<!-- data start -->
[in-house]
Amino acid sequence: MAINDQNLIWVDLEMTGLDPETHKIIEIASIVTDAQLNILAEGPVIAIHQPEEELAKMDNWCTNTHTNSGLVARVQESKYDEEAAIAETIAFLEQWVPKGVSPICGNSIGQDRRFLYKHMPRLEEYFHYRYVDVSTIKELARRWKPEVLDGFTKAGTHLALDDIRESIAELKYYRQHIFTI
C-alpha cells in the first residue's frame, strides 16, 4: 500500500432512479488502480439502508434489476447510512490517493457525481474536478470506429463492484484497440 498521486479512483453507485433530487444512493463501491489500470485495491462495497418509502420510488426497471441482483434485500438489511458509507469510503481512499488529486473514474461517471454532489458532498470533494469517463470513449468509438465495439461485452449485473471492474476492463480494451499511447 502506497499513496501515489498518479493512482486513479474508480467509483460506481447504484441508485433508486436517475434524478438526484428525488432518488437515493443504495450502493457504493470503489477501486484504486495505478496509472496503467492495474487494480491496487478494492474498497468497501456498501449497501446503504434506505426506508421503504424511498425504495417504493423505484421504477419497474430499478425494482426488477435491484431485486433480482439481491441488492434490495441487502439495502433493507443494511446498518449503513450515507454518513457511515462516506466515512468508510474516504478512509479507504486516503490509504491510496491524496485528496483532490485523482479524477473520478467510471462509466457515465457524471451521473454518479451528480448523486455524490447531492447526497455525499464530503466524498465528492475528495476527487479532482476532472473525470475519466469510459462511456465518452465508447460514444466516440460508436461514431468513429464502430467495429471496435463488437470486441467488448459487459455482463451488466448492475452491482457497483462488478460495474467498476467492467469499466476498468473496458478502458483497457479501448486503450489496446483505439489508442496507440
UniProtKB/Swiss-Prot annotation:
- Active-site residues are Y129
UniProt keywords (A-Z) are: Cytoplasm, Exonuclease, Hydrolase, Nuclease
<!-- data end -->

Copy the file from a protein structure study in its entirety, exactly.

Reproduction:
[in-house]
Amino acid sequence: MAINDQNLIWVDLEMTGLDPETHKIIEIASIVTDAQLNILAEGPVIAIHQPEEELAKMDNWCTNTHTNSGLVARVQESKYDEEAAIAETIAFLEQWVPKGVSPICGNSIGQDRRFLYKHMPRLEEYFHYRYVDVSTIKELARRWKPEVLDGFTKAGTHLALDDIRESIAELKYYRQHIFTI
C-alpha cells in the first residue's frame, strides 16, 4: 500500500432512479488502480439502508434489476447510512490517493457525481474536478470506429463492484484497440 498521486479512483453507485433530487444512493463501491489500470485495491462495497418509502420510488426497471441482483434485500438489511458509507469510503481512499488529486473514474461517471454532489458532498470533494469517463470513449468509438465495439461485452449485473471492474476492463480494451499511447 502506497499513496501515489498518479493512482486513479474508480467509483460506481447504484441508485433508486436517475434524478438526484428525488432518488437515493443504495450502493457504493470503489477501486484504486495505478496509472496503467492495474487494480491496487478494492474498497468497501456498501449497501446503504434506505426506508421503504424511498425504495417504493423505484421504477419497474430499478425494482426488477435491484431485486433480482439481491441488492434490495441487502439495502433493507443494511446498518449503513450515507454518513457511515462516506466515512468508510474516504478512509479507504486516503490509504491510496491524496485528496483532490485523482479524477473520478467510471462509466457515465457524471451521473454518479451528480448523486455524490447531492447526497455525499464530503466524498465528492475528495476527487479532482476532472473525470475519466469510459462511456465518452465508447460514444466516440460508436461514431468513429464502430467495429471496435463488437470486441467488448459487459455482463451488466448492475452491482457497483462488478460495474467498476467492467469499466476498468473496458478502458483497457479501448486503450489496446483505439489508442496507440
UniProtKB/Swiss-Prot annotation:
- Active-site residues are Y129
UniProt keywords (A-Z) are: Cytoplasm, Exonuclease, Hydrolase, Nuclease